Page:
Investing 101 Part 1: A beginner's guide to investing


This will be a multi-part post covering the basics of investing, from the why and the how of investing, to what to expect from your investments.

No prior knowledge of investing should be required to understand the concepts.

Let's dive right in.

Why should you invest?

There are two main reasons:

  • To protect the purchasing power of your money against inflation.

    If you keep your money idle in your savings account @4% per annum interest rate when inflation is 7-9% per annum, your money, even though it increases in absolute terms, actually becomes worth lesser over time.

    What cost Rs 100 now costs Rs 109, but your money has only grown to Rs 104. Overall, you have lost purchasing power by keeping your money in your savings account. Keeping up with inflation is one of the most basic requirements when it comes to our savings.

  • You are not going to earn forever.

    You need to save and invest now, so that you can support yourself when you are old and no longer have a job.

    Just saving without investing will leave you with a very small retirement fund, thus forcing you to either retire later than you would have liked to, or to have a substantially lower lifestyle in retirement.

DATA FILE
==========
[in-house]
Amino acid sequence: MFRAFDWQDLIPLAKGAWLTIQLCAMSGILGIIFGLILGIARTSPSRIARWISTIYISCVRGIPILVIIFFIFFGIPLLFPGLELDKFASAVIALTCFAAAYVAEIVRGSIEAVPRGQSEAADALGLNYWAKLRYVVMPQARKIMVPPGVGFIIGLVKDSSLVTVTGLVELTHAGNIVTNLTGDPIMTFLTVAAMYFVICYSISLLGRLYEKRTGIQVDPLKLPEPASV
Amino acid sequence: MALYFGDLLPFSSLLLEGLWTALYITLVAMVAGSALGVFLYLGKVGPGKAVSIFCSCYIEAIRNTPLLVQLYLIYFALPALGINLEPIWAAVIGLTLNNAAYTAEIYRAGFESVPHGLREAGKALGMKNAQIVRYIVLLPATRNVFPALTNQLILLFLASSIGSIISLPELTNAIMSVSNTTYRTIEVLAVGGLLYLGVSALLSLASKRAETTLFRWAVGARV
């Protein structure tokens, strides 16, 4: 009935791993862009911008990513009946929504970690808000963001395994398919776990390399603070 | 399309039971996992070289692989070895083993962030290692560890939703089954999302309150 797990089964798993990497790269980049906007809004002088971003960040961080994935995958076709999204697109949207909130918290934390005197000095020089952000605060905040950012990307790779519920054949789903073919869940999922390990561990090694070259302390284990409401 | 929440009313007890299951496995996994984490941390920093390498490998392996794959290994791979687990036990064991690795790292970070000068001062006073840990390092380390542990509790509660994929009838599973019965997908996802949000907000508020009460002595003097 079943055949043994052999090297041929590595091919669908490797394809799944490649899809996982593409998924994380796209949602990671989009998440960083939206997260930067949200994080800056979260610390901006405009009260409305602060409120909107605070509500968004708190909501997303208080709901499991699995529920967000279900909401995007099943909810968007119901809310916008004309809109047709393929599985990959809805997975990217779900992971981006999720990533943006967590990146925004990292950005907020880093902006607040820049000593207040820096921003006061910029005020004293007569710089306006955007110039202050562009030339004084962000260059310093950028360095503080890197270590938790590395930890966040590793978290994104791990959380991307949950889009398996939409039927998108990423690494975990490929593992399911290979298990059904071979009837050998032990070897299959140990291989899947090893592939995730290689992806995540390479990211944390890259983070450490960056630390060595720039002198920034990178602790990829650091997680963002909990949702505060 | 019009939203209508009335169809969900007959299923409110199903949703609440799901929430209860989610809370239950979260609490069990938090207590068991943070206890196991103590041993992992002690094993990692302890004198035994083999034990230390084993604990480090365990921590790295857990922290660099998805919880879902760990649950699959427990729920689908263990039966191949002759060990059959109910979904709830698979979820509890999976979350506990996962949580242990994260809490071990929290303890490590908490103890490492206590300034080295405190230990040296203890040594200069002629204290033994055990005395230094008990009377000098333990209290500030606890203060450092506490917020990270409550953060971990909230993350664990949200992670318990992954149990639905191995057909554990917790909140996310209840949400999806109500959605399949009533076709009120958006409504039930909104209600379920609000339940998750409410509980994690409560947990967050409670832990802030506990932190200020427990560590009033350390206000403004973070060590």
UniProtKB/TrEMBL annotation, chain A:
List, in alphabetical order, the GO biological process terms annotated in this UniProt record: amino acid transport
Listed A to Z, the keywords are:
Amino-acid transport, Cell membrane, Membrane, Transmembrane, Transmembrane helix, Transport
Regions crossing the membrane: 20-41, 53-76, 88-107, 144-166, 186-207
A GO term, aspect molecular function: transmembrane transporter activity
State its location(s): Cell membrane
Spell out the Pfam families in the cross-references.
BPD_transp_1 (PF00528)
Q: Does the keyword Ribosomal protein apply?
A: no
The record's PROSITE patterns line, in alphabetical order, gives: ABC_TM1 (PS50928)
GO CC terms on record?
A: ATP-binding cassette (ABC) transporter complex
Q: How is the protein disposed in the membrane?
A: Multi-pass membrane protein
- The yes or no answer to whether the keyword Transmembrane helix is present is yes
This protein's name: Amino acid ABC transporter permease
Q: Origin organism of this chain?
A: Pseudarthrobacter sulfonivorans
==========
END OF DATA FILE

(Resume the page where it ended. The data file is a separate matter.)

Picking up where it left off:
Apart from retirement, you might have other financial goals too that might not be achievable just by saving and no investing.

Okay, so now that we all agree that we need to invest in order to secure our future financially, the next question is what should one invest in?

Instead of discussing any specific recommendations, let us look at all the possible options we have and develop a way to think about them.

What can you invest in - Asset Classes

Broadly speaking there are 4 investible asset classes:

  • Equity or Stocks
  • Debt
  • Real Estate
  • Commodities like Gold

Each asset class has its own typical risk, return and ownership characteristics which is exhibited by all investment options under that asset class.

For example, all real estate investments tend to be illiquid i.e. they are not as easy to buy and sell as stocks or gold. Also, when real-estate does well, then most real-estate investments tend to do well.

This is true for all asset classes - investments within an asset class tend to behave similarly. Hence, it is very useful to study the investment asset classes themselves before studying individual investments.

In the next part, we will go over all the asset classes one by one to understand each of them better, so that we know what to expect from which one.